Intelligence, Race, and Genetics: Conversations with Arthur R. Jensen
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In a series of provocative conversations with Skeptic magazine Ssenior editor Frank Miele, renowned University of California-Berkeley psychologist Arthur R. Jensen details the evolution of his thoughts on the nature of intelligence, tracing an intellectual odyssey that leads from the programs of the Great Society to the Bell Curve Wars and beyond. Miele cross-examines Jensen's views on general intelligence (the g factor), racial differences in IQ, cultural bias in IQ tests, and whether differences in IQ are due primarily to heredity or to remediable factors such as poverty and discrimination. With characteristic frankness, Jensen also presents his view of the proper role of scientific facts in establishing public policy, such as Affirmative Action.“Jensenism,” the assertion that heredity plays an undeniably greater role than environmental factors in racial (and other) IQ differences, has entered the dictionary and also made Jensen a bitterly controversial figure. Nevertheless, Intelligence, Race, and Genetics carefully underscores the dedicated lifetime of scrupulously scientific research that supports Jensen's conclusions.
different numbers of twins were examined? Jensen: The fact that the MZ twin correlation was 0.77 in three different reports is not too surprising for cumulated, overlapping data Jensen: sets. Burt’s value of 0.77 is very close to our best estimate for this correlation. A number of other studies of MZ twins reared apart have reported correlations of 0.76 and 0.78, and no one claims those studies were “faked” or the numbers were “cooked.” No one with any statistical sophistication, and Burt had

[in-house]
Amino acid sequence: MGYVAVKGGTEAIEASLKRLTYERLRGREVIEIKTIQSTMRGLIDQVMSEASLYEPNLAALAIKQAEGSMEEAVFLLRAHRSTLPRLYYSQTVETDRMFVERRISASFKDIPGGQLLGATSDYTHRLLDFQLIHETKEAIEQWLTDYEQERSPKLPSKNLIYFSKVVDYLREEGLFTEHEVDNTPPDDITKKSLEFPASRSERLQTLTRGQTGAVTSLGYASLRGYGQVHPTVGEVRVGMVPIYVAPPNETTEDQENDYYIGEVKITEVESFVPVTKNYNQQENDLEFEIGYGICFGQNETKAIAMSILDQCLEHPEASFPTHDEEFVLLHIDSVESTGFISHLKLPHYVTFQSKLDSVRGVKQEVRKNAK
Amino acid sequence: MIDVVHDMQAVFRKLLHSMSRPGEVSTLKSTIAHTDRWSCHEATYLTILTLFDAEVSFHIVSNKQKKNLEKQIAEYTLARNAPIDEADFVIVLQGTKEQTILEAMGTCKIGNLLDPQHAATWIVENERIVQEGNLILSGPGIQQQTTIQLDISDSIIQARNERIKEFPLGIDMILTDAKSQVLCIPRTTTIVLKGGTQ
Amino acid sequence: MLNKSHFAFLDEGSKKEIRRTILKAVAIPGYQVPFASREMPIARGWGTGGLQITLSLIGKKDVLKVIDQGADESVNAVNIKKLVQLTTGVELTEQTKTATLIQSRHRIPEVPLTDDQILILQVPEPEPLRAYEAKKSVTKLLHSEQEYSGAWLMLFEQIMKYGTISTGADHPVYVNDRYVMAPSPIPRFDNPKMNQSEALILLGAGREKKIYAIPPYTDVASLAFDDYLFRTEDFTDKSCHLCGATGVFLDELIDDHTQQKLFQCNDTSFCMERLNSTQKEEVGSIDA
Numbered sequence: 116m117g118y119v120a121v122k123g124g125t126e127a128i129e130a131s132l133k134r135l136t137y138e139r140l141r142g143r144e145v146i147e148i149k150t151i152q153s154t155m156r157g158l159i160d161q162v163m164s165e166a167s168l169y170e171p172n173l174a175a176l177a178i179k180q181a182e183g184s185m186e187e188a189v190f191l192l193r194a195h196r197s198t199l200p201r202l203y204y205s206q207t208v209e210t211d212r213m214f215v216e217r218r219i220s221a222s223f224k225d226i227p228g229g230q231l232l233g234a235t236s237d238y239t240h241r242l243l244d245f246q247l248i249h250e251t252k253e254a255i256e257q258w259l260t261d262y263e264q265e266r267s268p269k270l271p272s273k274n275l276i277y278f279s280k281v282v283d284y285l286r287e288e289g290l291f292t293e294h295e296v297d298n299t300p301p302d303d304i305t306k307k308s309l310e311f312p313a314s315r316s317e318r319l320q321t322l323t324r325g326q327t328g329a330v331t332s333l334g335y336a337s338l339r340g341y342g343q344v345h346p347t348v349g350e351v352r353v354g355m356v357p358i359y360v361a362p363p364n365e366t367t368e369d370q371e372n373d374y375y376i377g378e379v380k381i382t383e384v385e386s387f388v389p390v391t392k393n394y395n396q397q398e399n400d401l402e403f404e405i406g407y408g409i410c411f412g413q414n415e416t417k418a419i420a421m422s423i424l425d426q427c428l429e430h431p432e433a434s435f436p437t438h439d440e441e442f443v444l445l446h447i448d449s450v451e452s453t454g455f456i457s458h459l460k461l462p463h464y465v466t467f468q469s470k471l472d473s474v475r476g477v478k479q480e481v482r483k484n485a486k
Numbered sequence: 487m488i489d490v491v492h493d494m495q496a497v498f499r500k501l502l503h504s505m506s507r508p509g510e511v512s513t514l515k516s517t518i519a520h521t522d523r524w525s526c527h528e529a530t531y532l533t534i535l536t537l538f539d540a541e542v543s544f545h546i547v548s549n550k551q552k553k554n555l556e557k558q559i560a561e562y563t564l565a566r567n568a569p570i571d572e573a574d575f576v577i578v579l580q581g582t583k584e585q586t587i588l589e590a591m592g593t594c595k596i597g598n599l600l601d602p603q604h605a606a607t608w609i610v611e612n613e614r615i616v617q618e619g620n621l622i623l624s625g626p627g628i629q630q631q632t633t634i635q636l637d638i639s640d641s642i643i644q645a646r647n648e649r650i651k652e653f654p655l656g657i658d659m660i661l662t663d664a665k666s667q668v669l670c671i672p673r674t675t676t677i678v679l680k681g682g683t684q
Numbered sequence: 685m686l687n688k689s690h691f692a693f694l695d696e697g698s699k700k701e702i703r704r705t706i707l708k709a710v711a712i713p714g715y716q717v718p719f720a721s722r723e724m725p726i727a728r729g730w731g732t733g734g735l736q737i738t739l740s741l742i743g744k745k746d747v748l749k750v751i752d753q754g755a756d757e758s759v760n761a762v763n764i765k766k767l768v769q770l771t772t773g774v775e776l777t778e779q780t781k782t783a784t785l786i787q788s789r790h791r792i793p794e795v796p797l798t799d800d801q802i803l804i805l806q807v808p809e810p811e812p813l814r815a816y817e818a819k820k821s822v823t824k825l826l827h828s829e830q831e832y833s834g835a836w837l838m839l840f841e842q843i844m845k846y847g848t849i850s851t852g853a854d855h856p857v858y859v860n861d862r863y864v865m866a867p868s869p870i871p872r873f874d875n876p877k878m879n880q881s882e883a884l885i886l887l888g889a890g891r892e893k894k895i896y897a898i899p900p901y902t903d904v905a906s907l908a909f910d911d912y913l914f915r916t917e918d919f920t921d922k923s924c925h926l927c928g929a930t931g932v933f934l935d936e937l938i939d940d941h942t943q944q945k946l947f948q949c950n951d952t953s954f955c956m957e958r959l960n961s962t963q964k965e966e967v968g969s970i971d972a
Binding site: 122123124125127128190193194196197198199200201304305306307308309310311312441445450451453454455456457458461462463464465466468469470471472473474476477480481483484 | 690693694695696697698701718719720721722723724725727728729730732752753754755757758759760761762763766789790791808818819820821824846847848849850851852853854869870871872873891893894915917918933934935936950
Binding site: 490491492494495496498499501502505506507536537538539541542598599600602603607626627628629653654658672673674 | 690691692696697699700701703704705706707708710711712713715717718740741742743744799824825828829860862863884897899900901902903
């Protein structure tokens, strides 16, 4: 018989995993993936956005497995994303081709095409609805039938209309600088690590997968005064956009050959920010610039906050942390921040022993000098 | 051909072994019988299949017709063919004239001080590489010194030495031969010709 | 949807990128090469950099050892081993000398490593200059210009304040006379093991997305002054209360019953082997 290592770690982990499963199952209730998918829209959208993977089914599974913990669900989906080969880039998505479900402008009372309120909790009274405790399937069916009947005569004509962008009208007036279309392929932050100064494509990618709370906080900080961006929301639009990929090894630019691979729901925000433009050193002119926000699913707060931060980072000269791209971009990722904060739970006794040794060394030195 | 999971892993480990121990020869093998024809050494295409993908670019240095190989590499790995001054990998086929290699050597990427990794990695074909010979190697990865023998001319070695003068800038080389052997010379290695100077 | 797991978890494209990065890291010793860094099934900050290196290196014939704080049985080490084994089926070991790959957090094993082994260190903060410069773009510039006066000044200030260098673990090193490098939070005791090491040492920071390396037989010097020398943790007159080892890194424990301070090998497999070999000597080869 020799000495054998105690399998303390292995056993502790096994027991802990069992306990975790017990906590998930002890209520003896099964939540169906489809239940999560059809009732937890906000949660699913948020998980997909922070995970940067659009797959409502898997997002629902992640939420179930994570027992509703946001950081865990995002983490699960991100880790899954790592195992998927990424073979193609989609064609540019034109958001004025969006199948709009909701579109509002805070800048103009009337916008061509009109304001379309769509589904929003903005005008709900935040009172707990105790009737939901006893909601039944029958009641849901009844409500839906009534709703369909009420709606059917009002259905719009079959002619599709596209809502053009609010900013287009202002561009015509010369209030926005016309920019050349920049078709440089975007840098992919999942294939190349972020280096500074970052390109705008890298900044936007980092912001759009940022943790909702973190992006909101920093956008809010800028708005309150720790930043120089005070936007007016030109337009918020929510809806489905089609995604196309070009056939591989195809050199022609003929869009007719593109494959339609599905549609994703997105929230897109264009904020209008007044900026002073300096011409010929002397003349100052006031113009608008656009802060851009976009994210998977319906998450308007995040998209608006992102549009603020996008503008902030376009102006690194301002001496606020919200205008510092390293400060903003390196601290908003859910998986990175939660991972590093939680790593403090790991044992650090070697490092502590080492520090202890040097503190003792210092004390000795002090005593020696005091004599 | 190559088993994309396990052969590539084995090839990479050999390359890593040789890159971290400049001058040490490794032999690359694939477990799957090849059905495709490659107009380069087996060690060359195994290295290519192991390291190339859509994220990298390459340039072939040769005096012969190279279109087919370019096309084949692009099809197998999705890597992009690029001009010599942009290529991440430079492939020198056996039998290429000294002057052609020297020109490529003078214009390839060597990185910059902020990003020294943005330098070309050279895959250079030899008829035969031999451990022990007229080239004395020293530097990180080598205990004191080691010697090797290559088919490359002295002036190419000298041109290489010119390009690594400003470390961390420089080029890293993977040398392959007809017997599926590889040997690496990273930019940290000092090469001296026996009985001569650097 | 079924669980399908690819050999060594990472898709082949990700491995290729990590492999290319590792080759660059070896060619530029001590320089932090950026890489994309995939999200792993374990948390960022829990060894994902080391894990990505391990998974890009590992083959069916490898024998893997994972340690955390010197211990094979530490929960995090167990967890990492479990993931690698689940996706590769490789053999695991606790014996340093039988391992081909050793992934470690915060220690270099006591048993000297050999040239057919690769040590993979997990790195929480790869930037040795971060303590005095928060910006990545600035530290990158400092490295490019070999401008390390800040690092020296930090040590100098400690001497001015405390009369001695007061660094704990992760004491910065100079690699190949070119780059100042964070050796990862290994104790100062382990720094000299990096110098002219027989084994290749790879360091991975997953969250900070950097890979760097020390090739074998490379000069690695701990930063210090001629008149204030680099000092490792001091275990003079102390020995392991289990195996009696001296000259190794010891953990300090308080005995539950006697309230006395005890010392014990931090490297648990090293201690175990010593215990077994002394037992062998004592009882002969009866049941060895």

These are virtually absent in psychological measurement. There’s no doubt, however, that IQ tests and many other conventional psychological tests have real practical value. They are unquestionably valid predictors of certain kinds of performance in education and employment, and can be most useful in educational selection, and in hiring and promotion decisions. As I’ve worked on my book-in-progress on mental chronometry (the real-time measurement of cognitive processes while they are going on),
capability for comprehending our surroundings— “catching on,” “making sense” of things, or “figuring out” what to do. 2. Intelligence, so defined, can be measured, and intelligence tests measure it well. They are among the most accurate (in technical terms, reliable and valid) of all psychological tests and assessments. They do not measure creativity, character, personality, or other important differences among individuals, nor are they intended to. 3. While there are different types of
having a higher IQ increase as life settings become more complex (novel, ambiguous, changing, unpredictable, or multifaceted). For example, a high IQ is generally necessary to perform well in highly complex or fluid jobs (the professions, management); it is a considerable advantage in moderately complex jobs (crafts, clerical and police work); but it provides less advantage in settings that require only routine decision making or simple problem solving (unskilled work). 12. Differences in
intelligence certainly are not the only factor affecting performance in education, training, and highly complex jobs (no one claims they are), but intelligence is often the most important. When individuals have already been selected for high (or low) intelligence and so do not differ as much in IQ, as in graduate school (or special education), other influences on performance loom larger in comparison. 13. Certain personality traits, special talents, aptitudes, physical capabilities, experience,